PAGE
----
Of the 72 districts that make up the administrative regions of Nepal, Humla in the far west is one of the poorest and most remote. In a country that is already remote by its mountainous geography and already amongst the poorest in the world, its saying a lot about Humla. It’s a food deficit area where the crops that grow will not feed locals for more than 5 months out of the year, it’s people, usually the men folk, migrate to work as wage labors to the lowlands to earn money to buy food to feed their families. So in recent times development organizations have been looking at tourism as a way of improving the livelihood of people here.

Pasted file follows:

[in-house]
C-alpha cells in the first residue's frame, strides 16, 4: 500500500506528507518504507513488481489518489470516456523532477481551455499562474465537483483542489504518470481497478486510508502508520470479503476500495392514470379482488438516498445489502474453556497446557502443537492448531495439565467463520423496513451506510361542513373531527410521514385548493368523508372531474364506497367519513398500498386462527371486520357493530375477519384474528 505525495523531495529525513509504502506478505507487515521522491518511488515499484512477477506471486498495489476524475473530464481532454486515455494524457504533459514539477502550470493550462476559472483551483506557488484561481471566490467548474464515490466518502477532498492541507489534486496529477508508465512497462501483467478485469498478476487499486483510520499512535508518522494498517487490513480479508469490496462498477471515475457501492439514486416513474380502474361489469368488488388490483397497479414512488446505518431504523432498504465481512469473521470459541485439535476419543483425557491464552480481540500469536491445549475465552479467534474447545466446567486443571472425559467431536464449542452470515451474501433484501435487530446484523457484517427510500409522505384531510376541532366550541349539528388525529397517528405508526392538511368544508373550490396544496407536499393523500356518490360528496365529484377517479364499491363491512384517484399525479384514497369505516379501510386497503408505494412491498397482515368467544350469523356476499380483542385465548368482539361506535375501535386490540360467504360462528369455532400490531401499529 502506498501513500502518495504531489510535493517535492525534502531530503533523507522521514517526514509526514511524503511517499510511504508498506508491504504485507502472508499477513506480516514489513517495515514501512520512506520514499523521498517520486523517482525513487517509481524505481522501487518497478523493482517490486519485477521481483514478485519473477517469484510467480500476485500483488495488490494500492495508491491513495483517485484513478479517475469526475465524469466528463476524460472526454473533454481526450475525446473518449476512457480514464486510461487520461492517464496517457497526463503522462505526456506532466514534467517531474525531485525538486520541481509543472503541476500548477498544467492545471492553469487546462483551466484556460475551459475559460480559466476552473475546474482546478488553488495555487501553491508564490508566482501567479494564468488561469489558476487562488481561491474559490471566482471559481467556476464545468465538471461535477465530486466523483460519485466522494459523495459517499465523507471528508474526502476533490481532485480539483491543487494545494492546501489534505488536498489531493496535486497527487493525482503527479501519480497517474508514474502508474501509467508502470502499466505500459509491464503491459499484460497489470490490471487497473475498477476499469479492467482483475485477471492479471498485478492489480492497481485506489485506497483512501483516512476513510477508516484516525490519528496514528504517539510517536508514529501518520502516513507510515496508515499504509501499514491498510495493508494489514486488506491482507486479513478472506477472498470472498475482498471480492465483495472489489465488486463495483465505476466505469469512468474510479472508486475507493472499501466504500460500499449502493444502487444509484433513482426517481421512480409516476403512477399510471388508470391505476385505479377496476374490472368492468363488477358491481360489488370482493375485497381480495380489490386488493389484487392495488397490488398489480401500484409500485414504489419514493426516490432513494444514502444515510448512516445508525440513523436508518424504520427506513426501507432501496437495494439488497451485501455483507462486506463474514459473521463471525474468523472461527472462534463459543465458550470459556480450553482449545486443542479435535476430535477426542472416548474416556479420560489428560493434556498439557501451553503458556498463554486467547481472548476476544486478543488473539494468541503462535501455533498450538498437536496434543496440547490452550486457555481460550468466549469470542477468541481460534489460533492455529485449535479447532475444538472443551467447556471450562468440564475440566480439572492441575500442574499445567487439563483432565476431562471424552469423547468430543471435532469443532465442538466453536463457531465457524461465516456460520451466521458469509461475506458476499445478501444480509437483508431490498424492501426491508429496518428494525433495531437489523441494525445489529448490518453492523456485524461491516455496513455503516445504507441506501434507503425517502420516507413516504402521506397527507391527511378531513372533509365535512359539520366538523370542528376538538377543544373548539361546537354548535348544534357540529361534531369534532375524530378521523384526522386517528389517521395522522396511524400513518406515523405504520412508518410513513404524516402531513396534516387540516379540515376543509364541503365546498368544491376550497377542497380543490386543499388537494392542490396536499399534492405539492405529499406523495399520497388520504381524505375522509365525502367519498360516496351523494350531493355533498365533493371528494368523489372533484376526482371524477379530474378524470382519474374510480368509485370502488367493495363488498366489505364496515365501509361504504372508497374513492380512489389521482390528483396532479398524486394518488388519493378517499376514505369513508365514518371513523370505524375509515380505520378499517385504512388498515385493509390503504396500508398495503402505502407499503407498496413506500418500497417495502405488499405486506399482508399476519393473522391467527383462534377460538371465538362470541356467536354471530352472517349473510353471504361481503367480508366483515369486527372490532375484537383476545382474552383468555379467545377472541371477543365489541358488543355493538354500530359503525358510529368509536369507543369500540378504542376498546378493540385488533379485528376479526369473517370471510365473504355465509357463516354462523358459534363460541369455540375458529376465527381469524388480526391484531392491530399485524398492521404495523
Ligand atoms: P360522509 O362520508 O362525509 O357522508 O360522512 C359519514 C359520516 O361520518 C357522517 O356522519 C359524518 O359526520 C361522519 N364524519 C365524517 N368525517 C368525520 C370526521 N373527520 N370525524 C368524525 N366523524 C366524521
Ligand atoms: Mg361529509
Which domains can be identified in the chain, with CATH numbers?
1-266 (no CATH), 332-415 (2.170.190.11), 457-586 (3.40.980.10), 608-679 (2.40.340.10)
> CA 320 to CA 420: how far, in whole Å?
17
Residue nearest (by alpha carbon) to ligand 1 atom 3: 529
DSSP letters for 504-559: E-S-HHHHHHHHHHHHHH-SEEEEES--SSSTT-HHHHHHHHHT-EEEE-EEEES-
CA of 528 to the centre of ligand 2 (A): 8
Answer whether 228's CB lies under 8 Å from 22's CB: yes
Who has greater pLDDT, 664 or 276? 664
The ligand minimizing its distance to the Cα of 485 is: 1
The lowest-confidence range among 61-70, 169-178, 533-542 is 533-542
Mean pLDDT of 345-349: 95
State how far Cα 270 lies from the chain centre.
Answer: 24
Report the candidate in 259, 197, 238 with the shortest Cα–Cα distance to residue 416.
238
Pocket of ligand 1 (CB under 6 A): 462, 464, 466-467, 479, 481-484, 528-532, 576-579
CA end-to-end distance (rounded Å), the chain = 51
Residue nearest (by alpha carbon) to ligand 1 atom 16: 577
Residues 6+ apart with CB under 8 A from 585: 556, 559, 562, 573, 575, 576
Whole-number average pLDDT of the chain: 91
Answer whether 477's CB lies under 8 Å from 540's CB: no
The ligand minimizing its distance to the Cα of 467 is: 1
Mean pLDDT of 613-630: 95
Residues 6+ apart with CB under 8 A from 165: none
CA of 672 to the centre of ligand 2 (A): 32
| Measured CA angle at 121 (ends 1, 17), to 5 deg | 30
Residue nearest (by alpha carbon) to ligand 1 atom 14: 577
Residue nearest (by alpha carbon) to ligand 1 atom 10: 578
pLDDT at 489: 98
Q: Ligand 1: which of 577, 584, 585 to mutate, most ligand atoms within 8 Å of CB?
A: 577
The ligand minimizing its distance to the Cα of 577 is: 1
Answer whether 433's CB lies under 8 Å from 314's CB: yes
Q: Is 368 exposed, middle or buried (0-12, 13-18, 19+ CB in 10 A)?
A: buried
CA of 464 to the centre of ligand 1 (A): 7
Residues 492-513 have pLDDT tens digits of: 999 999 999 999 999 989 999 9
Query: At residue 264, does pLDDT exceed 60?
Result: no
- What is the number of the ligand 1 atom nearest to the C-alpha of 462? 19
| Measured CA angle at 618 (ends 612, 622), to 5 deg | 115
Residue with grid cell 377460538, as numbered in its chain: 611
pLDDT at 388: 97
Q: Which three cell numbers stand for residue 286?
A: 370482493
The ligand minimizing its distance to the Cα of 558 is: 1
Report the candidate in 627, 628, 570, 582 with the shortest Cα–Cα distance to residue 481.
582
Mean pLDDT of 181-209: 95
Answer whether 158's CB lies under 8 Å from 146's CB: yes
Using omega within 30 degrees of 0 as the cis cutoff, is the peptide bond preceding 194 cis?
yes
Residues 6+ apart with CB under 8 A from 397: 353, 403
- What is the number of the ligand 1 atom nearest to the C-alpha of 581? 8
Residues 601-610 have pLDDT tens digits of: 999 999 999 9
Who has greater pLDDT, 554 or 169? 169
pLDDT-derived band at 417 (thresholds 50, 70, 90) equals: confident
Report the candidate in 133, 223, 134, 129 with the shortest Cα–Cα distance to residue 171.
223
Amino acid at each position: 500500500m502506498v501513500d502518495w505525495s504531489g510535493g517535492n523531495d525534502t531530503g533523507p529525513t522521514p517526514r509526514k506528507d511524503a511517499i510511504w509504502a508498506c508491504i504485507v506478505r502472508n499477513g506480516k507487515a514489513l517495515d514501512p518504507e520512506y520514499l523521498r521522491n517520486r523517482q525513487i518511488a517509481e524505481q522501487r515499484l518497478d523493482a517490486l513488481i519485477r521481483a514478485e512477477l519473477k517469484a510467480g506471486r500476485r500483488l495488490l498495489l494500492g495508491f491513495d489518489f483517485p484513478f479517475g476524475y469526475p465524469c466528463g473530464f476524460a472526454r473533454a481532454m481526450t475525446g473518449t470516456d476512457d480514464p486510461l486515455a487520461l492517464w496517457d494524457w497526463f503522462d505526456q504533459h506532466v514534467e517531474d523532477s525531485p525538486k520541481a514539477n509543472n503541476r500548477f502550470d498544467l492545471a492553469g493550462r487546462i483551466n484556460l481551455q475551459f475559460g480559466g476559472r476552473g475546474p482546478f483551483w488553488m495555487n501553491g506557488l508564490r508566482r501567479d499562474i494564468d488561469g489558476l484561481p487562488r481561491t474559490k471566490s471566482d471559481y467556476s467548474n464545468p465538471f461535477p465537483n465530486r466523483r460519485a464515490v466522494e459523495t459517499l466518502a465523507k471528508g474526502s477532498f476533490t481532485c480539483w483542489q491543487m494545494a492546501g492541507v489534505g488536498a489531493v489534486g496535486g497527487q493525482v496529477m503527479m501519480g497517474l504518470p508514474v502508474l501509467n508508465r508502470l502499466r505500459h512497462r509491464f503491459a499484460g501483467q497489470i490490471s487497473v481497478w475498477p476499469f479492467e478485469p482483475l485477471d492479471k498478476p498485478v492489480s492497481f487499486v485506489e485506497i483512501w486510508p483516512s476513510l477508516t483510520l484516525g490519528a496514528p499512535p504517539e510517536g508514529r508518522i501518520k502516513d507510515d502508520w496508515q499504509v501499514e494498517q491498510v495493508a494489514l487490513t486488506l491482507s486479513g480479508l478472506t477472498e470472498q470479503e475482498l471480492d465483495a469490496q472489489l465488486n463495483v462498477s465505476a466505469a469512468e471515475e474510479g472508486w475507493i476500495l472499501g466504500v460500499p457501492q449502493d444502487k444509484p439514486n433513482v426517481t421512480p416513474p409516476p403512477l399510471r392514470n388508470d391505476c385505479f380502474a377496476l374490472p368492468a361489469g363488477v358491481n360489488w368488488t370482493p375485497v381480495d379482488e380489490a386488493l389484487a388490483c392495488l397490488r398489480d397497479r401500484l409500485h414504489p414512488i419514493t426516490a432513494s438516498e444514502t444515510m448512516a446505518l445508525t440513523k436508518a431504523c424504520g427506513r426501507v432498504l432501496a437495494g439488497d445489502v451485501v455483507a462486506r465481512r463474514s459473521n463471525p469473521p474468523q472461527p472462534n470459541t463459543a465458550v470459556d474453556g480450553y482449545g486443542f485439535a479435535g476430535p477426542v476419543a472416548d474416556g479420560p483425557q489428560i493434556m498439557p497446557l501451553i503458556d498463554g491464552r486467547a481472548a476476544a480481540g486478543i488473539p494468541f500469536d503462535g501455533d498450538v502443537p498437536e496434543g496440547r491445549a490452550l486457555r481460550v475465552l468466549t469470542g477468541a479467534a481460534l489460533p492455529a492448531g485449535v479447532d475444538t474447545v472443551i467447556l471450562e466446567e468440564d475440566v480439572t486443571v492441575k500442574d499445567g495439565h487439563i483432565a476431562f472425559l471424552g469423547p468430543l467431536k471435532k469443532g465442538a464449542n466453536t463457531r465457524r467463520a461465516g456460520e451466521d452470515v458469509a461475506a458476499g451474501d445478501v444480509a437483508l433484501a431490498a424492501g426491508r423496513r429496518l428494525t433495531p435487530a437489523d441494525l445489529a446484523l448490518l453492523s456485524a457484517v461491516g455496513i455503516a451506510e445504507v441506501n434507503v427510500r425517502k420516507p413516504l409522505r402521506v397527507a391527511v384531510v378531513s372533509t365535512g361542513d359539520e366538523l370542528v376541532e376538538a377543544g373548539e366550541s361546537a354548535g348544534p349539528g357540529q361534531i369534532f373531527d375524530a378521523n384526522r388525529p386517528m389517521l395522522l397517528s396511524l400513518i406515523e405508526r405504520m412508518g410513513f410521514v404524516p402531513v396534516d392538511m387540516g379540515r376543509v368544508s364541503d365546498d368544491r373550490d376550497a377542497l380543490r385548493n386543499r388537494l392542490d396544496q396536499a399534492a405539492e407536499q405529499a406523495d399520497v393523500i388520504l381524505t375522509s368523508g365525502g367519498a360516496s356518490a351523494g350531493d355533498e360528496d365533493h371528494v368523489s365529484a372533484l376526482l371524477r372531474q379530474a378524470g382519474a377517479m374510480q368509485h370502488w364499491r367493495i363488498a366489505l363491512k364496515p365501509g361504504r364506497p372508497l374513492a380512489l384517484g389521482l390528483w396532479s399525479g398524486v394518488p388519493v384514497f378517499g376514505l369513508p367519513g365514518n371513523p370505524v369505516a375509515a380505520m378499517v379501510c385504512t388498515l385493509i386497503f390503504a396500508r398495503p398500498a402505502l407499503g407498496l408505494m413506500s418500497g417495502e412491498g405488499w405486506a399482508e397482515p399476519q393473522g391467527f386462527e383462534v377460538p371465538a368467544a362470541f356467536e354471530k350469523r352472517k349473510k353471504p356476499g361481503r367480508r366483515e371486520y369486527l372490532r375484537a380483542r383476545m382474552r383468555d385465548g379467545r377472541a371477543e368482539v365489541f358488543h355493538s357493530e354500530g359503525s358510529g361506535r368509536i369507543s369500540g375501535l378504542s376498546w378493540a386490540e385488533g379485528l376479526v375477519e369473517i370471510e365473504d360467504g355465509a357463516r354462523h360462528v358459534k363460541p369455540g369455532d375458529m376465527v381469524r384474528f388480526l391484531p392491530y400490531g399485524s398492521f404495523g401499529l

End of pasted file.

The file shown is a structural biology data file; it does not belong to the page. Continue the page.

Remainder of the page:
Humla, despite its disadvantages has a very rich and well preserved culture, and its remoteness has preserved its natural beauty in a way that makes it a fascinating place to visit. It is a gateway for visitors to the sacred mountains of Kailash in Tibet and the holy Mansarvor lakes. There are also a number of treks that one can undertake in the Limi valley. Access is however limited with only the airport at Simikot servicing the area, the next closest airport being Talcha in the Mugu district, about 3 days walk away, the nearest road a further 3 days walk form Talcha.